Land rights win for Indigenous peoples in Southwest Papua, but challenges persist

The Knasaimos peoples of the South Sorong Regency in Papua have been granted legal land rights over their indigenous lands. However, enforcing these rights remains challenging, with a lack of political will by the Indonesian government to enact the draft law on Indigenous peoples, and persistent targeting of merbau timber by loggers.

Knasaimos Peoples receive decree of land rights
Fredik Sagisolo, chair of Indigenous People Fellowship Council, holds a decree letter as they celebrate during a ceremony in Teminabuan, Southwest Papua. Indigenous Knasaimos people are granted legal title over their traditional land, after decades of effort to have their customary rights recognised. Image: Greenpeace.

Nearly four thousand Indigenous peoples from the Knasaimos tribe have received legal recognition of their rights over their ancestral lands. Located in the South Sorong Regency of West Papua, these lands cover the districts of Saifi and Seremuk, spanning an area of 97,411 hectares – roughly the size of Hong Kong.

The decree, issued by the South Sorong regional government, is the fruit of decades of effort from the Knasaimos peoples, and numerous non-governmental organisations such as Bentara Papua and Greenpeace. Since 2009, they have engaged in participatory mapping to safeguard the forests against oil palm and pulp plantation expansions.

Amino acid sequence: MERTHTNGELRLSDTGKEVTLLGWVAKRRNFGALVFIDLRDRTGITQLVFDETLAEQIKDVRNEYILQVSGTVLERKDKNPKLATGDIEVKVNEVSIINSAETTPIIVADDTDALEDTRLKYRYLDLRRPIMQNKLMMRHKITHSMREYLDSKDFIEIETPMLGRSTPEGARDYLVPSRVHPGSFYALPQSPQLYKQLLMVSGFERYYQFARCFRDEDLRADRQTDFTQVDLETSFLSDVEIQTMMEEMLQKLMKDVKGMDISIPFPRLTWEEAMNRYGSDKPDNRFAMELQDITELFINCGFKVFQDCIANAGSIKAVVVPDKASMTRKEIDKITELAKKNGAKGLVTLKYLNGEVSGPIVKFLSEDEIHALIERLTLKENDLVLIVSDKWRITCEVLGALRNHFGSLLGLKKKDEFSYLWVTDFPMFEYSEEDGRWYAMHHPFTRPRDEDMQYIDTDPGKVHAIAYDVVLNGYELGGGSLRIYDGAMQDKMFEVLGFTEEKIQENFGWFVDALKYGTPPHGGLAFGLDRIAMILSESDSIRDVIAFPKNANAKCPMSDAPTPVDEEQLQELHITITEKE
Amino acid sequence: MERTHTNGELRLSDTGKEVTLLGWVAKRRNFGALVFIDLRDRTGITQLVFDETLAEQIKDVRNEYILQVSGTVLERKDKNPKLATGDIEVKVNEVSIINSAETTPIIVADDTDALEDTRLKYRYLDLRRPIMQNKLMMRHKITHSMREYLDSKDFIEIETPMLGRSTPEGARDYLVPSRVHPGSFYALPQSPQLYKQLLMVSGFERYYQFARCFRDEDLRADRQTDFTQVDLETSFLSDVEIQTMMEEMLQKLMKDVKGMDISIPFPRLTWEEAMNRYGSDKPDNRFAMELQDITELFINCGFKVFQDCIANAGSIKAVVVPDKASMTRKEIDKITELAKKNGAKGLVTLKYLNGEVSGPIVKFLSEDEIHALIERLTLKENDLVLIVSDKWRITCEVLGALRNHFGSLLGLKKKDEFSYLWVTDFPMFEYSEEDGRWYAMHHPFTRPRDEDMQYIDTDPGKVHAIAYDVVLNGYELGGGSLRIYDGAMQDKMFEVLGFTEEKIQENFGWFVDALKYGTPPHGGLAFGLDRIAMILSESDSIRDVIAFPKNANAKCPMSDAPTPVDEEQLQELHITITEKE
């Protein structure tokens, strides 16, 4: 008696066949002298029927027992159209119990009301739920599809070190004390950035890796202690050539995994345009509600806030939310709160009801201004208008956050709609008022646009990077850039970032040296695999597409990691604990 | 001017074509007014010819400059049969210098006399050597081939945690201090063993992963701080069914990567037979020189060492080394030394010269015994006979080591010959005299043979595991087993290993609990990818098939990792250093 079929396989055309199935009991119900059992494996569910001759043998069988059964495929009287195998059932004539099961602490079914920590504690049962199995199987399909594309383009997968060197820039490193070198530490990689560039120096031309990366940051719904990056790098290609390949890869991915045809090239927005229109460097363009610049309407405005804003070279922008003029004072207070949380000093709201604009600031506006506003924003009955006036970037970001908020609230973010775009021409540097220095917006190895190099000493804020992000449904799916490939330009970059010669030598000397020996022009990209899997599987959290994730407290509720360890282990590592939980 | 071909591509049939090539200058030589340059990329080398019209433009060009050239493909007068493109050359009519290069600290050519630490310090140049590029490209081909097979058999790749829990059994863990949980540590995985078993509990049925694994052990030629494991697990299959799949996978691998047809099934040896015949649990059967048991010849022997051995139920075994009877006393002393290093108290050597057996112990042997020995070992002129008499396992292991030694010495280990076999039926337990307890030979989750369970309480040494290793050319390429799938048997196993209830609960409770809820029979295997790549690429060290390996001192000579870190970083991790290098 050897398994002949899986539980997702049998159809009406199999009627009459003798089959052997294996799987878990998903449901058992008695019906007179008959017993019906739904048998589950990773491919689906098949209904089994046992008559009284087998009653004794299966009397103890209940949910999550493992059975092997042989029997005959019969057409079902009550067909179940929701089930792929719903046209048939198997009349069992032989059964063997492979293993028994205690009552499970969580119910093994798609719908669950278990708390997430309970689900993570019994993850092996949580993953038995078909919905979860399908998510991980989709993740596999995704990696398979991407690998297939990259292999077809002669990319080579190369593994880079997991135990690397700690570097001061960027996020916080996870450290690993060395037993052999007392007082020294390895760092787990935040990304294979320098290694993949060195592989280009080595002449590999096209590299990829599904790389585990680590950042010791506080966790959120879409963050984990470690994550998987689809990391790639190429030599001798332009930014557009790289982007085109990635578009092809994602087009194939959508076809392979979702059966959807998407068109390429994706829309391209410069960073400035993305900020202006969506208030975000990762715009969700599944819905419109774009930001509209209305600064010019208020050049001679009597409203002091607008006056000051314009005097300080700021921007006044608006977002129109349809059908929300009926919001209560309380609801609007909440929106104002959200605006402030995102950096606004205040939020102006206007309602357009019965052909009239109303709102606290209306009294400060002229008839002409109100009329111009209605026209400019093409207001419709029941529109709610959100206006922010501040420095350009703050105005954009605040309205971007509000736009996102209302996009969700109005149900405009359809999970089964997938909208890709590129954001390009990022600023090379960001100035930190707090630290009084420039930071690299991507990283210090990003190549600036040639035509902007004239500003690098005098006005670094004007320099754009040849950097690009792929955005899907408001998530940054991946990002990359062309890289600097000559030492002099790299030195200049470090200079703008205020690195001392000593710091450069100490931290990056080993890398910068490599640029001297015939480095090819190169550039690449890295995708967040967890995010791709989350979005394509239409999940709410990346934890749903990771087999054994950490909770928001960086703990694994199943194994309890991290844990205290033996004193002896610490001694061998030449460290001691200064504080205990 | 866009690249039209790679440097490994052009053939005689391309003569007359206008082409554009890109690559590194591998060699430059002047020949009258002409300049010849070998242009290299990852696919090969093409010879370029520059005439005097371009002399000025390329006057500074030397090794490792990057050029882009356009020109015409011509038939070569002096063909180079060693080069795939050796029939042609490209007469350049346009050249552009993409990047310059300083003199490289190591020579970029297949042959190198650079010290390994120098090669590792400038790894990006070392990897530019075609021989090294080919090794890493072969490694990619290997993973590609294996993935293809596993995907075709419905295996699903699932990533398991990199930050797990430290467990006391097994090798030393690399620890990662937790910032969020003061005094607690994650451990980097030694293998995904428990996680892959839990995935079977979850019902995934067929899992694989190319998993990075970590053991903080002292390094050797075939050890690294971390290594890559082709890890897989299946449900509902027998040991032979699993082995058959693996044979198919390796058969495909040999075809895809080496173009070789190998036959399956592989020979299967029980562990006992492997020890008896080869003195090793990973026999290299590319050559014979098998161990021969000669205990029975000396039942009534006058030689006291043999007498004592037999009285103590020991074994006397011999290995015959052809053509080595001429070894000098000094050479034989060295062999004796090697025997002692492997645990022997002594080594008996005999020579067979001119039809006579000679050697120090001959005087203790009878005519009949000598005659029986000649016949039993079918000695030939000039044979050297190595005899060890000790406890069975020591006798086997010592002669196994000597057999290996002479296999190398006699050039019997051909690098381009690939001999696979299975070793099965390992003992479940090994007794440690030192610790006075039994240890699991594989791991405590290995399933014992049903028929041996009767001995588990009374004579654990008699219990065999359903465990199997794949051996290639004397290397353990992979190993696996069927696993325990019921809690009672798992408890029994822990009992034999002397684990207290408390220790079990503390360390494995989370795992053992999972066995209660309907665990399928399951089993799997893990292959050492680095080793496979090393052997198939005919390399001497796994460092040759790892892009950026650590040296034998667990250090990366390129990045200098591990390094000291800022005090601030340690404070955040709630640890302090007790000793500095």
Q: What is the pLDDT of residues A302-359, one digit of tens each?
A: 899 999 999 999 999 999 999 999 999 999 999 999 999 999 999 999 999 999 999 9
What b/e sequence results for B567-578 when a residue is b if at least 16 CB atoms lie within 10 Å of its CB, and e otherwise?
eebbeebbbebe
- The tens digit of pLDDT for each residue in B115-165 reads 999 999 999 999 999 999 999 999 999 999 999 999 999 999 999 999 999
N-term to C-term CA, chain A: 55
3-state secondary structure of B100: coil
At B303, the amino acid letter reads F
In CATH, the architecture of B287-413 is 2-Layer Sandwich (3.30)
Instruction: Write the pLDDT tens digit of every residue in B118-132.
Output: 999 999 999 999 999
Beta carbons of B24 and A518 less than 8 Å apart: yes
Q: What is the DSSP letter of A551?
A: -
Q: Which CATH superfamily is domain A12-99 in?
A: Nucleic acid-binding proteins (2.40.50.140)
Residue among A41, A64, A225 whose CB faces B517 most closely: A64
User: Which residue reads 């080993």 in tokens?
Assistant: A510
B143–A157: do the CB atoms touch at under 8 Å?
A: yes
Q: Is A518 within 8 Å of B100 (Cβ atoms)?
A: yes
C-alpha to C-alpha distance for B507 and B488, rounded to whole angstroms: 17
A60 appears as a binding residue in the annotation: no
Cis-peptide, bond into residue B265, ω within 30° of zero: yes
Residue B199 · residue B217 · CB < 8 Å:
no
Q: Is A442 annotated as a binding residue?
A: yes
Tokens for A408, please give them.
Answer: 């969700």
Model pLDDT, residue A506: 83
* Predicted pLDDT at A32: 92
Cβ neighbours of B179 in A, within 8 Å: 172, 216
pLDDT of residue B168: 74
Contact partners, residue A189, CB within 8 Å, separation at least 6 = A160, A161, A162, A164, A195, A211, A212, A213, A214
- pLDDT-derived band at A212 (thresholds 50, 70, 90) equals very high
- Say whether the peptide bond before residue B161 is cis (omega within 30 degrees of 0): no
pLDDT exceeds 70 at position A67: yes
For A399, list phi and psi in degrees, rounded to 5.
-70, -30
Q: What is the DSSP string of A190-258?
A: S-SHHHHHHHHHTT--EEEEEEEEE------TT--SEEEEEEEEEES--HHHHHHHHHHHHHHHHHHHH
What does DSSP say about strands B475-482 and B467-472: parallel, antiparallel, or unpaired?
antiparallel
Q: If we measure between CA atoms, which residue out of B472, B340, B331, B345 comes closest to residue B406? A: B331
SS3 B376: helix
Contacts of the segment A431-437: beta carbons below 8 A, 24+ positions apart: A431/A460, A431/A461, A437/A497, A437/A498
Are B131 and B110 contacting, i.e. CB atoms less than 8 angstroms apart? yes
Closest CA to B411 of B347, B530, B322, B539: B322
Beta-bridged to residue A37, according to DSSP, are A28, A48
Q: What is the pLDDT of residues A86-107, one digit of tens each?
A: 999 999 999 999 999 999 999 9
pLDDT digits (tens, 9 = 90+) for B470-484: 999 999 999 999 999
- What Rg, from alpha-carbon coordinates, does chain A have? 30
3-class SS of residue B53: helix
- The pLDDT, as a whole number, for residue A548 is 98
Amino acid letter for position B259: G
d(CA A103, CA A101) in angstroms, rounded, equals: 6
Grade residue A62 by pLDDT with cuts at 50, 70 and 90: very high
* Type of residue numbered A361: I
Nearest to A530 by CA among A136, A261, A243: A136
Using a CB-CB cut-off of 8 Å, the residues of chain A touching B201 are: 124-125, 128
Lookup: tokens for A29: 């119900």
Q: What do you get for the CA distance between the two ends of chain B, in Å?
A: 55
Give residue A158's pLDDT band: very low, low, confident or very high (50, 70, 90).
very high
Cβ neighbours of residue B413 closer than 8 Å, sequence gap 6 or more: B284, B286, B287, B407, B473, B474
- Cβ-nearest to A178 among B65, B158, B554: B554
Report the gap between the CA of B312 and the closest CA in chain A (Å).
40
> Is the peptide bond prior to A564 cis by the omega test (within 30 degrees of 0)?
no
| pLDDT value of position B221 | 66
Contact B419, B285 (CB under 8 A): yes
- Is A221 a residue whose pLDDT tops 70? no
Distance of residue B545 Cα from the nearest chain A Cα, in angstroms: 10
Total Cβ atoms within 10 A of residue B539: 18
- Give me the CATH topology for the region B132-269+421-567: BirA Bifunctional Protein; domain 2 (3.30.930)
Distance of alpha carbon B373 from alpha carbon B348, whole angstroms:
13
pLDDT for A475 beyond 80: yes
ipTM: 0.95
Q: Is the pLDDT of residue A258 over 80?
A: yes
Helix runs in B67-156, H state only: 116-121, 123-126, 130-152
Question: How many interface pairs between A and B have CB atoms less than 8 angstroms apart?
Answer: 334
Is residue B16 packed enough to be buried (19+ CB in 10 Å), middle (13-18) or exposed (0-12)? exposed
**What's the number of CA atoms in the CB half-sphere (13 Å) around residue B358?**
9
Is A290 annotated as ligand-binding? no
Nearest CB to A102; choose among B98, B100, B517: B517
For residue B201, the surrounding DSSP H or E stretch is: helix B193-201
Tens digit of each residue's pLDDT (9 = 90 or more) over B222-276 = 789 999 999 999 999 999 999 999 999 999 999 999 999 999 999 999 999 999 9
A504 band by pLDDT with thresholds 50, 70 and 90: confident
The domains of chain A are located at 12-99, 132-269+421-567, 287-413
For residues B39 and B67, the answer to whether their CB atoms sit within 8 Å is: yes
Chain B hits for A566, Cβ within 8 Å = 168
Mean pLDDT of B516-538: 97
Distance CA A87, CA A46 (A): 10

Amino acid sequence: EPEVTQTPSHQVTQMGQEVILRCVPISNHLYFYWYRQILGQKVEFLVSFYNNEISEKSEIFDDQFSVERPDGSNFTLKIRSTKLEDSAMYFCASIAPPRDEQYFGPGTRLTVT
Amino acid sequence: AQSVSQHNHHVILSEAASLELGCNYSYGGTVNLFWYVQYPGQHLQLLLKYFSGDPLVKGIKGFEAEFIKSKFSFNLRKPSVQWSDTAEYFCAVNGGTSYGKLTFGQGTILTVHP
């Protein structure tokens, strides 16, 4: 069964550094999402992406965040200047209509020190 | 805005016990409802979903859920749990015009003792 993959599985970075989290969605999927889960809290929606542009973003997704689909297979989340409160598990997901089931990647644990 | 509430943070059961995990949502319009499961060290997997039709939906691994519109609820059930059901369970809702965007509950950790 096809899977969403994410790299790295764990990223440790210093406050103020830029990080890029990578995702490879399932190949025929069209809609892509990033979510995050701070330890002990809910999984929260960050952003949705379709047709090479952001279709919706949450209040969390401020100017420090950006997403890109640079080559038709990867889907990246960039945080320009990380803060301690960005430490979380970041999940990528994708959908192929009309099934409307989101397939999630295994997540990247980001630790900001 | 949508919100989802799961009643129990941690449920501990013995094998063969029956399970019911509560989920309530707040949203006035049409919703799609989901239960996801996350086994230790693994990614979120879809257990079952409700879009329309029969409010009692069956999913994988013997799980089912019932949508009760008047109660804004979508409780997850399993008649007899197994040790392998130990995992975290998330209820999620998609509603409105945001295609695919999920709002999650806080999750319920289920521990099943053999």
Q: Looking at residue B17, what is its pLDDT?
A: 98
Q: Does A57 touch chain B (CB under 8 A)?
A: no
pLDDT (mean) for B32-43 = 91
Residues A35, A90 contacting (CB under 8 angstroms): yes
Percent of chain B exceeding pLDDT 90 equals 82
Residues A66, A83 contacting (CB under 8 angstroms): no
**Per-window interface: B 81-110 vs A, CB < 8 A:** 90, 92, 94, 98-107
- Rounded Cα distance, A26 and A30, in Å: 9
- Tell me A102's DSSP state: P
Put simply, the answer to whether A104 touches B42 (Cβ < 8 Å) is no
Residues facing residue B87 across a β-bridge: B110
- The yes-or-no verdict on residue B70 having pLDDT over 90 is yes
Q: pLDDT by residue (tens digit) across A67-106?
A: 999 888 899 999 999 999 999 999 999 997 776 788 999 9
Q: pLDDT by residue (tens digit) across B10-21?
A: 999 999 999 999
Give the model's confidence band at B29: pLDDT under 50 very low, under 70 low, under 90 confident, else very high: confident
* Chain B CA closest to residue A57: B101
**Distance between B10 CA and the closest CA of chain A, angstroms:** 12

“Finally with today’s decree, the nation opens its eyes to an indisputable fact that this land has always belonged to our ancestors, and so to us, and is our grandchildren’s birthright. We alone have the legal right to determine our future and manage our land,” said Fredrik Sagisolo, chair of the Knasaimos tribal council.

Decree ceremony Knasaimos

South Sorong regional secretary Dance Nauw (left) hands over a decree to the chair of Indigenous People Fellowship Council Fredik Sagisolo (right) during a ceremony in Teminabuan, South Sorong, Southwest Papua. The decree recognises the customary rights of the Knasaimos people over their traditional lands. Image: Greenpeace.

The path to legal recognition was one fraught with challenges. Despite a constitutional court decision in 2012, which required the Indonesian government to recognise the pre-existing rights of Indigenous Papuans, policymaking at both the regional and national level had marginalised these rights.